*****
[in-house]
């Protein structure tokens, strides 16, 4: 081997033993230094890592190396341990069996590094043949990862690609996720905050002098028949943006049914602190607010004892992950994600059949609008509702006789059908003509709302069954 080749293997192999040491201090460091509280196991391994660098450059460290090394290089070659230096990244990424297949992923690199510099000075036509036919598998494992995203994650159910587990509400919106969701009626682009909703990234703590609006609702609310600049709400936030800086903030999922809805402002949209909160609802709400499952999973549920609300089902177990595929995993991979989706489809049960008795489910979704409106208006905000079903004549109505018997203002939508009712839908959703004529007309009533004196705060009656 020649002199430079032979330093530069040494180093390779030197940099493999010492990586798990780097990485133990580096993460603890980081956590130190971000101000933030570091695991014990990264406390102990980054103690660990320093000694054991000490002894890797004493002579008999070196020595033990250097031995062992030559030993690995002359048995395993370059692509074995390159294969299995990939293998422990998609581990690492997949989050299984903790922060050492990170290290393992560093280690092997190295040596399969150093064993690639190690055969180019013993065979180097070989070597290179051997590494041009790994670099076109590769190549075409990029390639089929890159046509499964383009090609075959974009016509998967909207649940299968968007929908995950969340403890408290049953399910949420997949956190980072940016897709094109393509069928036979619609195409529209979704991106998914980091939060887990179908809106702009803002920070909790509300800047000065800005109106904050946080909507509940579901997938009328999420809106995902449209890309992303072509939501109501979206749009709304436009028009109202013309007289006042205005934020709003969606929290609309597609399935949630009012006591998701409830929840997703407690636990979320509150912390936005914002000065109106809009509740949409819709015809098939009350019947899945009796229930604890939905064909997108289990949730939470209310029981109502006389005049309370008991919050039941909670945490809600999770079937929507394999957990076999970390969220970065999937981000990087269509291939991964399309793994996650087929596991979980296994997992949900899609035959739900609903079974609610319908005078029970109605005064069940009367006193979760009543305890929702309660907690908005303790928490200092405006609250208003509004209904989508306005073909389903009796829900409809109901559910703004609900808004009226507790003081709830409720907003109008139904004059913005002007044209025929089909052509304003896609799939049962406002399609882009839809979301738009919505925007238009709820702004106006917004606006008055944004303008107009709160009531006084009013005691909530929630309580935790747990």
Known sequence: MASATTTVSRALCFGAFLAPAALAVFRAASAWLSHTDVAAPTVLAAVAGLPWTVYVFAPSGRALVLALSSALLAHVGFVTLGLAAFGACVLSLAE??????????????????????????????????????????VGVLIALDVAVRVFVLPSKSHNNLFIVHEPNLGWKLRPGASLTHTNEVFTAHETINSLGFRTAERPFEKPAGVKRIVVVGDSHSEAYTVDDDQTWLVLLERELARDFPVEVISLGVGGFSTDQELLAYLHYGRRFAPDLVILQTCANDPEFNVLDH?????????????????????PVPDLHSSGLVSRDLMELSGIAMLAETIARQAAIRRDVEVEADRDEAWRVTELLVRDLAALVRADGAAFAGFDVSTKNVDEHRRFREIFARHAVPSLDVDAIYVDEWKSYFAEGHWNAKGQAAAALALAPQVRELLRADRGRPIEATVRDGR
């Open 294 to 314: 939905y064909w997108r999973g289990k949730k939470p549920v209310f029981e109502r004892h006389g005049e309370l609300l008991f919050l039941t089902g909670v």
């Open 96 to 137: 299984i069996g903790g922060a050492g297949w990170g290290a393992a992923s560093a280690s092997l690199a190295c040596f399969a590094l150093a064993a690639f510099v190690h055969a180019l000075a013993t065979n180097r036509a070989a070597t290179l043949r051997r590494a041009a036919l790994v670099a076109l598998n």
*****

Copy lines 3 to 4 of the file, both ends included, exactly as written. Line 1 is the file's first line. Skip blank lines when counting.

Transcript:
Known sequence: MASATTTVSRALCFGAFLAPAALAVFRAASAWLSHTDVAAPTVLAAVAGLPWTVYVFAPSGRALVLALSSALLAHVGFVTLGLAAFGACVLSLAE??????????????????????????????????????????VGVLIALDVAVRVFVLPSKSHNNLFIVHEPNLGWKLRPGASLTHTNEVFTAHETINSLGFRTAERPFEKPAGVKRIVVVGDSHSEAYTVDDDQTWLVLLERELARDFPVEVISLGVGGFSTDQELLAYLHYGRRFAPDLVILQTCANDPEFNVLDH?????????????????????PVPDLHSSGLVSRDLMELSGIAMLAETIARQAAIRRDVEVEADRDEAWRVTELLVRDLAALVRADGAAFAGFDVSTKNVDEHRRFREIFARHAVPSLDVDAIYVDEWKSYFAEGHWNAKGQAAAALALAPQVRELLRADRGRPIEATVRDGR
């Open 294 to 314: 939905y064909w997108r999973g289990k949730k939470p549920v209310f029981e109502r004892h006389g005049e309370l609300l008991f919050l039941t089902g909670v």